Making Straight the Way: An Anglican Homecoming
by Dr. Jeff Mirus
September 9, 2010
When Father John Fleming converted to Catholicism in 1987, he couldn’t foresee that he would play an instrumental role in the request of the Traditional Anglican Communion for reunion with Rome in 2007, which in turn had a major impact on Benedict XVI’s Apostolic Constitution Anglicanorum Coetibus in 2009. An Australian, Fleming was ordained an Anglican priest in 1970. He married in 1975, and he and his wife were already raising their three daughters when they both converted. After living as a Catholic layman for eight years, Fleming was ordained a Catholic priest in 1995. In this case, the rest really is history.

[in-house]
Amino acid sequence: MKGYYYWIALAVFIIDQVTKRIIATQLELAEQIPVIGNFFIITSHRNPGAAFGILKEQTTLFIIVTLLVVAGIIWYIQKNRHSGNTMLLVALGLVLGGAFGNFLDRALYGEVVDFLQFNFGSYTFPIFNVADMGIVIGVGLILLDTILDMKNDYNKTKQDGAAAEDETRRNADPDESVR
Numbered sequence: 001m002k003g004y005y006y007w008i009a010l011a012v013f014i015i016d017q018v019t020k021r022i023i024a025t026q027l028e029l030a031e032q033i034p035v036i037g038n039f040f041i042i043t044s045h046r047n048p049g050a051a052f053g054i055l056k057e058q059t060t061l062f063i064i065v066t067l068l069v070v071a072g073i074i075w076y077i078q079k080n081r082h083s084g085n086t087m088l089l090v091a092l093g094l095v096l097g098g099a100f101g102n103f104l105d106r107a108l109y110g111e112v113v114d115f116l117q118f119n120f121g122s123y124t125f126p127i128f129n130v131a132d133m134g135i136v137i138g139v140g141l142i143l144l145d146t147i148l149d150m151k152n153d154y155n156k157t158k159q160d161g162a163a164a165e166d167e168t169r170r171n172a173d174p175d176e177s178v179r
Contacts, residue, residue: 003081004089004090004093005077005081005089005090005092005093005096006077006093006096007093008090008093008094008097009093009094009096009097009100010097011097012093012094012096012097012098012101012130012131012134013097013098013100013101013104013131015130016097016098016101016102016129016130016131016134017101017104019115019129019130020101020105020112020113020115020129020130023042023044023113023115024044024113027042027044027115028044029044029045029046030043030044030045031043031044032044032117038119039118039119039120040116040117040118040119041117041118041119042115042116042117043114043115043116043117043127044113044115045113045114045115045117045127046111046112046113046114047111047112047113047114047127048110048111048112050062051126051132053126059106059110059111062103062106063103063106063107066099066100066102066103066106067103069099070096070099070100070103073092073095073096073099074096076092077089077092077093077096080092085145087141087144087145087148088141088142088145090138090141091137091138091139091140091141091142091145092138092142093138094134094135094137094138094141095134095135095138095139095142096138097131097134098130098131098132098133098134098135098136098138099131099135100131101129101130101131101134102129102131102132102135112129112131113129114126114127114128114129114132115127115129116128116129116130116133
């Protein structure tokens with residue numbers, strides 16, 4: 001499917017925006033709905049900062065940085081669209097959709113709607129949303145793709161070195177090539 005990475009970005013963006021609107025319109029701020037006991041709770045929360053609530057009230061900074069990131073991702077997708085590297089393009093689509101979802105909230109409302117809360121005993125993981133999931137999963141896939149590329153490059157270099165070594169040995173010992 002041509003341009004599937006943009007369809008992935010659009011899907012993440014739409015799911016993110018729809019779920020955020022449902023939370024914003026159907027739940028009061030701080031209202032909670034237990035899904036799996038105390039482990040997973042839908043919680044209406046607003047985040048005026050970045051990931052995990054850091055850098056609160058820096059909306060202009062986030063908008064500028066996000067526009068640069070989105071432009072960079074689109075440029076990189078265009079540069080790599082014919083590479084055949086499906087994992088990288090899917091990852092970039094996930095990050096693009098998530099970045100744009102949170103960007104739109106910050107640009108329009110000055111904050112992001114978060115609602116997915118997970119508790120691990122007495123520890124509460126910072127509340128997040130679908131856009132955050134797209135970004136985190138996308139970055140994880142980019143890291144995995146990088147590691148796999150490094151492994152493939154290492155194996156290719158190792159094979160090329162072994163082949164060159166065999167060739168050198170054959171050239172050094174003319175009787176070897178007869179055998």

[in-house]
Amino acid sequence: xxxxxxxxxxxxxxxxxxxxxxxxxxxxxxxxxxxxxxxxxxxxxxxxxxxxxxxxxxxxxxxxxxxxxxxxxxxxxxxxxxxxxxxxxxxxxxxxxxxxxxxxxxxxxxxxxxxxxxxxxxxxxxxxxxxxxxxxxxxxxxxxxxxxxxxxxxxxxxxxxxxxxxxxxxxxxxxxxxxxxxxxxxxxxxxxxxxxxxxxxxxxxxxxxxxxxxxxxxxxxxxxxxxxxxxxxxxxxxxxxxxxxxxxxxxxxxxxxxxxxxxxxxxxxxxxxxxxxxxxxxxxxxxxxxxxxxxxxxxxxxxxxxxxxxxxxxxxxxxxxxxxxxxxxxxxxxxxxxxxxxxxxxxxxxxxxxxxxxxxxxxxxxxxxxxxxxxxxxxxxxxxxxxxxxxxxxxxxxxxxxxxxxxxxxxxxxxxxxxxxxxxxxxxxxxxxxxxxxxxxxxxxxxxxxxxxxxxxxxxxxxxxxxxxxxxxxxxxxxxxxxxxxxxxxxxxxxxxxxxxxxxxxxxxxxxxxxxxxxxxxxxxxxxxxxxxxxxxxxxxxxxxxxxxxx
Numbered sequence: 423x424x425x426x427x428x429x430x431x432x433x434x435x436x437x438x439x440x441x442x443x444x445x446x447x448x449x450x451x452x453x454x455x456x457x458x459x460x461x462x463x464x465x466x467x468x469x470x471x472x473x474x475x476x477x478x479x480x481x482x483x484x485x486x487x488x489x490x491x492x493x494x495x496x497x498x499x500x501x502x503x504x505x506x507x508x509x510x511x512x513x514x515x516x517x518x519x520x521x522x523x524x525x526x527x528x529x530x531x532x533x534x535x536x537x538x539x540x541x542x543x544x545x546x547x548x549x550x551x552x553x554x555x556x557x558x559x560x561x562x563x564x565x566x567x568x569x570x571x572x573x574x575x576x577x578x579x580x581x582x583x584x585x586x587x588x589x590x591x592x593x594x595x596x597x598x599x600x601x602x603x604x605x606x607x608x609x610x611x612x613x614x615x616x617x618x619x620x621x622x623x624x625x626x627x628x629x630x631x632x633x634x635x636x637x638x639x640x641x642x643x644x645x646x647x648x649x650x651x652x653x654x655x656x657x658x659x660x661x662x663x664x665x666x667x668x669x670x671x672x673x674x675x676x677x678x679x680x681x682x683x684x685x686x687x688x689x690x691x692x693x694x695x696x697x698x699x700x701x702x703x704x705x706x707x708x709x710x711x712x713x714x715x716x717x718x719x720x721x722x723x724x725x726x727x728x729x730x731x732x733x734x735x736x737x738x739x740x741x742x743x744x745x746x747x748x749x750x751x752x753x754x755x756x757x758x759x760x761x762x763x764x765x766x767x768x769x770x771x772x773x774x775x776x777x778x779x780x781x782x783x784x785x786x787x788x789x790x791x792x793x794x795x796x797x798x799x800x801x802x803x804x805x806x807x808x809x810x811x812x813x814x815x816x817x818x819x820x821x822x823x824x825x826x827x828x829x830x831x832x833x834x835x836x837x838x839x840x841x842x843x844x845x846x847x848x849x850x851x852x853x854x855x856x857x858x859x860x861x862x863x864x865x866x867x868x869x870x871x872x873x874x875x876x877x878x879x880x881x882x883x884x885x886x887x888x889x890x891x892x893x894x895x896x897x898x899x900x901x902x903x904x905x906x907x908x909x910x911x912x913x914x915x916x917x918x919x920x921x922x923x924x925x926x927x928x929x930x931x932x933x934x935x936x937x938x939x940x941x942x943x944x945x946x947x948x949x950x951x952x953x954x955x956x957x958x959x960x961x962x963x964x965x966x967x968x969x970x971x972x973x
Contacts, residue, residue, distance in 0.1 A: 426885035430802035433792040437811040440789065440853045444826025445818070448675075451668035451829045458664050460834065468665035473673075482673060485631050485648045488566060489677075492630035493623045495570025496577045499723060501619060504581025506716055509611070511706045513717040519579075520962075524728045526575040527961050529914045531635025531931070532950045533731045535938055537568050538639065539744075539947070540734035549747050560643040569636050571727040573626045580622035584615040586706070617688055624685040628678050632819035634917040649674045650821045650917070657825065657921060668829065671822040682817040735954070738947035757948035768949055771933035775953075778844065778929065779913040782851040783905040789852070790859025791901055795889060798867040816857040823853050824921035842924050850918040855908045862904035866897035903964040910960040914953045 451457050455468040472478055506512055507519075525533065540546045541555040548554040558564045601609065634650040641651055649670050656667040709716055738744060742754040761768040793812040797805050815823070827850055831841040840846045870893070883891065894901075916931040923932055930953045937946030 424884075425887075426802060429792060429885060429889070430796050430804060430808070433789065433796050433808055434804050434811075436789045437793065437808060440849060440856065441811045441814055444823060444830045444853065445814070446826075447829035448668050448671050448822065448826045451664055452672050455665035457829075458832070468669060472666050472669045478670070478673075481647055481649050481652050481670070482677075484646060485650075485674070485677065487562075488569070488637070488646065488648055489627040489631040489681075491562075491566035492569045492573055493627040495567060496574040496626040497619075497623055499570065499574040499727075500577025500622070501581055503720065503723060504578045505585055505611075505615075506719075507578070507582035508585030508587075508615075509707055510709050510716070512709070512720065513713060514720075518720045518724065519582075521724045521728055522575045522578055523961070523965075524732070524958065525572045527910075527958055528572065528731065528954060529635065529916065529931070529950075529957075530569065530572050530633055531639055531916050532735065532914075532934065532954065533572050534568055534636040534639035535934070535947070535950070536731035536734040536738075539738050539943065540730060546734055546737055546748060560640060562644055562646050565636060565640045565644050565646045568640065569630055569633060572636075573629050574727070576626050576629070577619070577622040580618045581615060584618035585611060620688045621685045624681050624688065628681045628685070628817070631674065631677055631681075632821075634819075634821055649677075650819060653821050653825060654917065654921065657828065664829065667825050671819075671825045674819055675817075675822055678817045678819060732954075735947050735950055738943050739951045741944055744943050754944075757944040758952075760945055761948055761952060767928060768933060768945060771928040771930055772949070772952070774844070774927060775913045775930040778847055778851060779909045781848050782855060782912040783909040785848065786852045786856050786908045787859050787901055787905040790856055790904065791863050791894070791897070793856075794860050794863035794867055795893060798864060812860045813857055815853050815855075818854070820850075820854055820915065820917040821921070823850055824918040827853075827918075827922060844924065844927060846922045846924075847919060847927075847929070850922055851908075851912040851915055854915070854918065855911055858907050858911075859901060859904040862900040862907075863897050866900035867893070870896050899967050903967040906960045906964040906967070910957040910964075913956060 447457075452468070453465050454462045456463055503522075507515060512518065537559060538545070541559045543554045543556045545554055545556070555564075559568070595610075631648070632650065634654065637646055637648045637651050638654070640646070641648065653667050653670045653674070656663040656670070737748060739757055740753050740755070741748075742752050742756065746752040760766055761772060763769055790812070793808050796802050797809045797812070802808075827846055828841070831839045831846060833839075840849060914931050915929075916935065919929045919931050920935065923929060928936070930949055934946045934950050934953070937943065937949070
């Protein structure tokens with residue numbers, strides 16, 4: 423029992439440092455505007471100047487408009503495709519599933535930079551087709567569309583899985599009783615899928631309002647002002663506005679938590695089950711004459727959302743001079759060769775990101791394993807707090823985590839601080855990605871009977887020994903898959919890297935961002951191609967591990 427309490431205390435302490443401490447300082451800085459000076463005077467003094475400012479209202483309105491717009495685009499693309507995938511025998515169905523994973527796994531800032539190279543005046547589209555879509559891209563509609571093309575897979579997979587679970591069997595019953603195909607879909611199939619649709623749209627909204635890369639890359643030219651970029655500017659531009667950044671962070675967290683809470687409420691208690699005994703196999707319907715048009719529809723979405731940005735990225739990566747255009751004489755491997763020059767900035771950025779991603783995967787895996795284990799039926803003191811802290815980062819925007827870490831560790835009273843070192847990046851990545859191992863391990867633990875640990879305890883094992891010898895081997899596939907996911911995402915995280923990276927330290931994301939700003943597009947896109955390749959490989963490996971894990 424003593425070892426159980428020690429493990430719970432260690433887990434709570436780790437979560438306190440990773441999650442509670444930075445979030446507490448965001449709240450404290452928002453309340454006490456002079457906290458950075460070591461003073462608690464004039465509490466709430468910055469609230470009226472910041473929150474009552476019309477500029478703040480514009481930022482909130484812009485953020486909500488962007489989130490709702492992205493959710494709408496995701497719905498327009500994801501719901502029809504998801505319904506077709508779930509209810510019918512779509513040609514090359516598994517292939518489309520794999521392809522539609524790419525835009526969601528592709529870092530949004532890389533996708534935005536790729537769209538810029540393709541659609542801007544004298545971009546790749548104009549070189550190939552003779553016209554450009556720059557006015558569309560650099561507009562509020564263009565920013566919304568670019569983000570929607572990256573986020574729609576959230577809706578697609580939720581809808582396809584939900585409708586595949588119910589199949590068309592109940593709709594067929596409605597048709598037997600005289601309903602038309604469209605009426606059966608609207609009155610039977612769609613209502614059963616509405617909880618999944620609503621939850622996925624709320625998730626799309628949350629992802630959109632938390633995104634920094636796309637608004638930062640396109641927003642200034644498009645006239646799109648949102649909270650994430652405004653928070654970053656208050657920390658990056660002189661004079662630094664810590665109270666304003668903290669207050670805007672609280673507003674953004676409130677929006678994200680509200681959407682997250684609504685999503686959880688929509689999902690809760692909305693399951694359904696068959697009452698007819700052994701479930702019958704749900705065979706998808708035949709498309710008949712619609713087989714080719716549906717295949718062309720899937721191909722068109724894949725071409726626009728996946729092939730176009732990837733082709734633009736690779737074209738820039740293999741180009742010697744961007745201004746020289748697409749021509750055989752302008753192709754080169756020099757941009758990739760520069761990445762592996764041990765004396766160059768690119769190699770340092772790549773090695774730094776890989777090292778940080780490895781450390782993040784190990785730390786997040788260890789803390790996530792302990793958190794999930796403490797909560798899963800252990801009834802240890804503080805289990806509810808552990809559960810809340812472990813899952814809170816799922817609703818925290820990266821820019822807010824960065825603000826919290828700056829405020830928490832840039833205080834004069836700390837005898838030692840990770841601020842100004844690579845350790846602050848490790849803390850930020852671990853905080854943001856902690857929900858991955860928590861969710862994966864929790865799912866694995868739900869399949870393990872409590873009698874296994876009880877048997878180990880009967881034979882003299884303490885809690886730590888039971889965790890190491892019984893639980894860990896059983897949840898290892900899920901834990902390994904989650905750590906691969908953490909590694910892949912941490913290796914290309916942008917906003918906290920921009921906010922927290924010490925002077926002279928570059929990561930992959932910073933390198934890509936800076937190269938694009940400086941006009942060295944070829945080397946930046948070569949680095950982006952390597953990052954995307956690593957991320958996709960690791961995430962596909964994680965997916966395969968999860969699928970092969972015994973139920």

The Traditional Anglican Communion, which consists of 38 bishops representing some 400,000 faithful throughout the world, was established in 1990 to salvage traditional Anglicanism (conceived of as Anglo-Catholicism). From the first, the TAC was deeply interested in reunion with Rome. At first its leaders pursued this objective by seeking to set up ecumenical talks between themselves and the Pontifical Council for Christian Unity. But there were Catholic divisions over how best to handle ecumenical affairs, and the Council for Christian Unity was reluctant to enter into talks with the TAC lest such talks harm ecumenical prospects with the Anglican Communion as a whole. the rest